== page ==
Just back after the screening of his debut production Udaan, directed by Vikram Motwane, in the Un Certain Regard category at the Cannes film festival in France, Anurag Kashyap already has a plan in place for his next three productions after Udaan’s release on July 16. One of the three movies, to be directed by Rahi Anil Bharve, will be a 3D horror film, produced by Kashyap for UTV, in collaboration with a “Hollywood special effects 3D giant studio”. “I’ve fortunately always got a great response and support from the international market at every festival I’ve been. I’ve been in talks with many studios for a while now and one of the projects, which is underway, is a 3D horror film that will be an international co-production with a Hollywood special effects 3D giant studio and UTV reveals Kashyap.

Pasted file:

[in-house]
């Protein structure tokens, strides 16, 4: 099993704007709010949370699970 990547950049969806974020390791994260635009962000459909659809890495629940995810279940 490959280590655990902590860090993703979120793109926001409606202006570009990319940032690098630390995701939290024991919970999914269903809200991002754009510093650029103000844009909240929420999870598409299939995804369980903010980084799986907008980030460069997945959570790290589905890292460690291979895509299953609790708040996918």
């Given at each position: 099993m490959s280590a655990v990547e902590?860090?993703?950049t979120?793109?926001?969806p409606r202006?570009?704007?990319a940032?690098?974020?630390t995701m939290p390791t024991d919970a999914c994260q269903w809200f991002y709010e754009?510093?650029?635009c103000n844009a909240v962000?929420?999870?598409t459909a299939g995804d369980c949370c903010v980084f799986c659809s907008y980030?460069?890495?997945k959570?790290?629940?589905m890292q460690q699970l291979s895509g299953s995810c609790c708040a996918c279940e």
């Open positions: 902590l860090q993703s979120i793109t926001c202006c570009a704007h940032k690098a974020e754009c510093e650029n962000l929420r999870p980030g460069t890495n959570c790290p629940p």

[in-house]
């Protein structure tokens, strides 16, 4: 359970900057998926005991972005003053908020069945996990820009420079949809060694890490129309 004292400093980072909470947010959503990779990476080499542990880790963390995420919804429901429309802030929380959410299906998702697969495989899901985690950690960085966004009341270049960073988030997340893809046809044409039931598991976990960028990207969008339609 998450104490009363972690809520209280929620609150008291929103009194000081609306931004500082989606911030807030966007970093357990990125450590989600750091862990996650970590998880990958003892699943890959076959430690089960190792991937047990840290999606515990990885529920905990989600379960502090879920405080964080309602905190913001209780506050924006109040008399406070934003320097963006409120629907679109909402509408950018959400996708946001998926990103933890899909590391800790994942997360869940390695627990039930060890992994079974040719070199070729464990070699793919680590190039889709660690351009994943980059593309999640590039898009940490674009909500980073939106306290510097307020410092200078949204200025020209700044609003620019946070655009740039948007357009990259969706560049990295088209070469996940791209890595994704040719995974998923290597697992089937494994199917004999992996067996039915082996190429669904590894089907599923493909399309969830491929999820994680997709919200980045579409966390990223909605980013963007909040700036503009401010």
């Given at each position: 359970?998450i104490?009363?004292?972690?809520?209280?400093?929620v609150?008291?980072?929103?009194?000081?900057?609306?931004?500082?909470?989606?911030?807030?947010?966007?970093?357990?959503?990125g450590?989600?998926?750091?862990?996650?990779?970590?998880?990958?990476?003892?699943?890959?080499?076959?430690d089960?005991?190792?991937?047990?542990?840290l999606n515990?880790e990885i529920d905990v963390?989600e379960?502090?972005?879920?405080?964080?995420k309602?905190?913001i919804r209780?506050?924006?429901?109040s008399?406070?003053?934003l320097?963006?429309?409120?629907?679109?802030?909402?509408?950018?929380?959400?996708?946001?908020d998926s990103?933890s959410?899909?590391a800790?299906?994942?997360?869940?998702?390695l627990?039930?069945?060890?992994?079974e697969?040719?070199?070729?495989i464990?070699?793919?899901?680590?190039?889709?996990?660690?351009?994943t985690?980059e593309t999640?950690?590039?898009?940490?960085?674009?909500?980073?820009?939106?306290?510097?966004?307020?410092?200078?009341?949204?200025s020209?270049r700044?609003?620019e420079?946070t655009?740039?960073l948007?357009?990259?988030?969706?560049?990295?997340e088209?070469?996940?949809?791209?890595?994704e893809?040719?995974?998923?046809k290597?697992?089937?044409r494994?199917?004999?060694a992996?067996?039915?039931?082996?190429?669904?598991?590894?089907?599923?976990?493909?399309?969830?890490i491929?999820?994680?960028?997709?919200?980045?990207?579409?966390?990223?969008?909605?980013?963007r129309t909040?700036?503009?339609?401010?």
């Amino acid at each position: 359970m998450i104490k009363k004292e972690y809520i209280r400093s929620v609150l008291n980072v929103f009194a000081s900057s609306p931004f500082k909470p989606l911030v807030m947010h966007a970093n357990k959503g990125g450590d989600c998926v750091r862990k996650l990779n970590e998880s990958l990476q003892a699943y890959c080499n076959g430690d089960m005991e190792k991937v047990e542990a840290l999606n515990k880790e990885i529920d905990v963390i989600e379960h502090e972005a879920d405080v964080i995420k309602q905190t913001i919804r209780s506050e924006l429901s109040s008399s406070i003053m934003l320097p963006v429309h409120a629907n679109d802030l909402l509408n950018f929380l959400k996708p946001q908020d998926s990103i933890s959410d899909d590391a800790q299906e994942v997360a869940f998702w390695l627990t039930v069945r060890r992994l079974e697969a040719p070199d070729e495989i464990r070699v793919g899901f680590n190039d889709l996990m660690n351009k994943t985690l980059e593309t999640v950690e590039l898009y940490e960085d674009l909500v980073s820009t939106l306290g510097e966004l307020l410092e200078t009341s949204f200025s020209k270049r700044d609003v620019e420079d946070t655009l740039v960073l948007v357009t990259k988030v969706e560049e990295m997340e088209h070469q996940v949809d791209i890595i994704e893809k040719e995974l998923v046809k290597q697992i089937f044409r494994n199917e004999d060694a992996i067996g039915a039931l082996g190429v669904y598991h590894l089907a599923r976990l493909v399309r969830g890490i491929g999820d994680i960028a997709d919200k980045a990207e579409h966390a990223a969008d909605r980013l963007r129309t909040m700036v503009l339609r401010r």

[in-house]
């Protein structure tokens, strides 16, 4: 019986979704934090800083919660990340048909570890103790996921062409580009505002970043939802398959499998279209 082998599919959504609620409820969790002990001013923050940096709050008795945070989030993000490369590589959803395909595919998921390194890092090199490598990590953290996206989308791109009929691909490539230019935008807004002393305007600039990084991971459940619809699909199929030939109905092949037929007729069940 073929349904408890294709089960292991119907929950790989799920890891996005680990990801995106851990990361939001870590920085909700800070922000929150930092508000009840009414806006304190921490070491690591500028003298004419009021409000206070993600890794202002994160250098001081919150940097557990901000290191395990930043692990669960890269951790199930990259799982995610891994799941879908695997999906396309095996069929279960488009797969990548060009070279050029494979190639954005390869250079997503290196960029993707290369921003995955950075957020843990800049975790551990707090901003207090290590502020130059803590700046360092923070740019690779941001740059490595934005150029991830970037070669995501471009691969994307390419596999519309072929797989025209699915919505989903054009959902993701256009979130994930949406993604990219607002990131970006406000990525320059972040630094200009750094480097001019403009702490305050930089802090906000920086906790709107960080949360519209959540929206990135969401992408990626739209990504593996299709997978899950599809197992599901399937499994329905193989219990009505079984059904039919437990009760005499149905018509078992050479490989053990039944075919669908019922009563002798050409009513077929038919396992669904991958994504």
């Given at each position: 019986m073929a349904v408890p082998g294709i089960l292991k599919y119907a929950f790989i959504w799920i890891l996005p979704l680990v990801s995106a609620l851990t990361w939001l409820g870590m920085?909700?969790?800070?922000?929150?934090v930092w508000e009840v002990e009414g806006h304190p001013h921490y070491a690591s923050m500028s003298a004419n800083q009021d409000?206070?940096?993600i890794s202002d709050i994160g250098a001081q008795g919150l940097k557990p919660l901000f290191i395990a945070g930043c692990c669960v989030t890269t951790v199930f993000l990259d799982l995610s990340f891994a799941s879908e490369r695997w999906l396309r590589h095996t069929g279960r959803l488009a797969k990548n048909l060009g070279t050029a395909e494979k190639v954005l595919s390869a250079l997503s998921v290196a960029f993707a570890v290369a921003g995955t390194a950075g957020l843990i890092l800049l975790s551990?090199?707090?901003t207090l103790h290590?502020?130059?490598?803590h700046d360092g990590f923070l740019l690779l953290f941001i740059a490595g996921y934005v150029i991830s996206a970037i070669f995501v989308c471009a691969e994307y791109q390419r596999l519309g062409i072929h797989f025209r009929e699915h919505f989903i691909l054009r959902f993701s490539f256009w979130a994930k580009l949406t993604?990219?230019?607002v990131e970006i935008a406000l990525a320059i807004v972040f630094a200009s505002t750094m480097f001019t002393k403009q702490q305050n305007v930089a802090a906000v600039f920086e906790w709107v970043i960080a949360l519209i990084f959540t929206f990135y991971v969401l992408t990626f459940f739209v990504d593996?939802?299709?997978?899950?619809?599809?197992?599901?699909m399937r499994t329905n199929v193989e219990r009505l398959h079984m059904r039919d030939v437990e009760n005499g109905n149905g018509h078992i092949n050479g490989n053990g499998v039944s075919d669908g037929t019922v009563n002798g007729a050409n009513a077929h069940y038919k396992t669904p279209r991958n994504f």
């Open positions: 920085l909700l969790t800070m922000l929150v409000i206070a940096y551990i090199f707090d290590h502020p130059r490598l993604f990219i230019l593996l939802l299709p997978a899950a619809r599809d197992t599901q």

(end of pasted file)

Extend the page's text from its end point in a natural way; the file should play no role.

Bharve, who will be making his big screen debut with this film, has earlier directed a short film called Manjha, which Danny Boyle had featured on his Blu-ray DVD for Slumdog Millionaire. Kashyap is producing two of his other movies for UTV too, and both will be big-budget love stories. One of them will be Motwane’s next after Udaan. Says Kashyap, “The script of the movie has already been locked, and we’ve approached big stars for the film. It will start shooting at the end of this year and release next year.”
The other love story is a quirky romance as Kashyap puts it, and will mark the Bollywood directorial debut of two-time National Award-winning Marathi filmmaker, Sachin Kundalkar, of Gandha fame. “This is the first time I’m making such love stories in my life,” Kashyap grins. “We’ve already zeroed in on actors we know can do the roles, and have started hounding them. This movie should go on the floors by the end of this year too.” All three movies, which are scripted by their respective directors, are part of Kashyap’s nine-film deal with UTV, which he signed last year, after the critical and box-office success of his movie, Dev D. UTV has also made Udaan, and has put its weight behind Kashyap’s next release as a director, Girl In The Yellow Boots.